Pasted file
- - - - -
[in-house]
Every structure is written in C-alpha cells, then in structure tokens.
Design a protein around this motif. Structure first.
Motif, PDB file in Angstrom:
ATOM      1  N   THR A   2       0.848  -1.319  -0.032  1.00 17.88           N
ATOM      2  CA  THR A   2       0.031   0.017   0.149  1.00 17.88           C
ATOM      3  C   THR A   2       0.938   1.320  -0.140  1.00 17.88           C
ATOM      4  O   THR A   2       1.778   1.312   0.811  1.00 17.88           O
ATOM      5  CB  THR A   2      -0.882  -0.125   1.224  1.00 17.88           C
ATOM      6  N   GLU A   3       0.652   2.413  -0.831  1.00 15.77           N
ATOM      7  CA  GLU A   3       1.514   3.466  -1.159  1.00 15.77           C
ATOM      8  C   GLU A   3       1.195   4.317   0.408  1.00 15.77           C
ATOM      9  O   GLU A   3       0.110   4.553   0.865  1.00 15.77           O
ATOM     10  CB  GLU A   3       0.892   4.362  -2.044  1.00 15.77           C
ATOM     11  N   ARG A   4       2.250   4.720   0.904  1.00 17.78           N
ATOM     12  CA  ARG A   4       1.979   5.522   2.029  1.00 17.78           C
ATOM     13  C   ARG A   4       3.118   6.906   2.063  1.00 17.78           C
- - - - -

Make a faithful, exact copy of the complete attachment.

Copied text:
[in-house]
Every structure is written in C-alpha cells, then in structure tokens.
Design a protein around this motif. Structure first.
Motif, PDB file in Angstrom:
ATOM      1  N   THR A   2       0.848  -1.319  -0.032  1.00 17.88           N
ATOM      2  CA  THR A   2       0.031   0.017   0.149  1.00 17.88           C
ATOM      3  C   THR A   2       0.938   1.320  -0.140  1.00 17.88           C
ATOM      4  O   THR A   2       1.778   1.312   0.811  1.00 17.88           O
ATOM      5  CB  THR A   2      -0.882  -0.125   1.224  1.00 17.88           C
ATOM      6  N   GLU A   3       0.652   2.413  -0.831  1.00 15.77           N
ATOM      7  CA  GLU A   3       1.514   3.466  -1.159  1.00 15.77           C
ATOM      8  C   GLU A   3       1.195   4.317   0.408  1.00 15.77           C
ATOM      9  O   GLU A   3       0.110   4.553   0.865  1.00 15.77           O
ATOM     10  CB  GLU A   3       0.892   4.362  -2.044  1.00 15.77           C
ATOM     11  N   ARG A   4       2.250   4.720   0.904  1.00 17.78           N
ATOM     12  CA  ARG A   4       1.979   5.522   2.029  1.00 17.78           C
ATOM     13  C   ARG A   4       3.118   6.906   2.063  1.00 17.78           C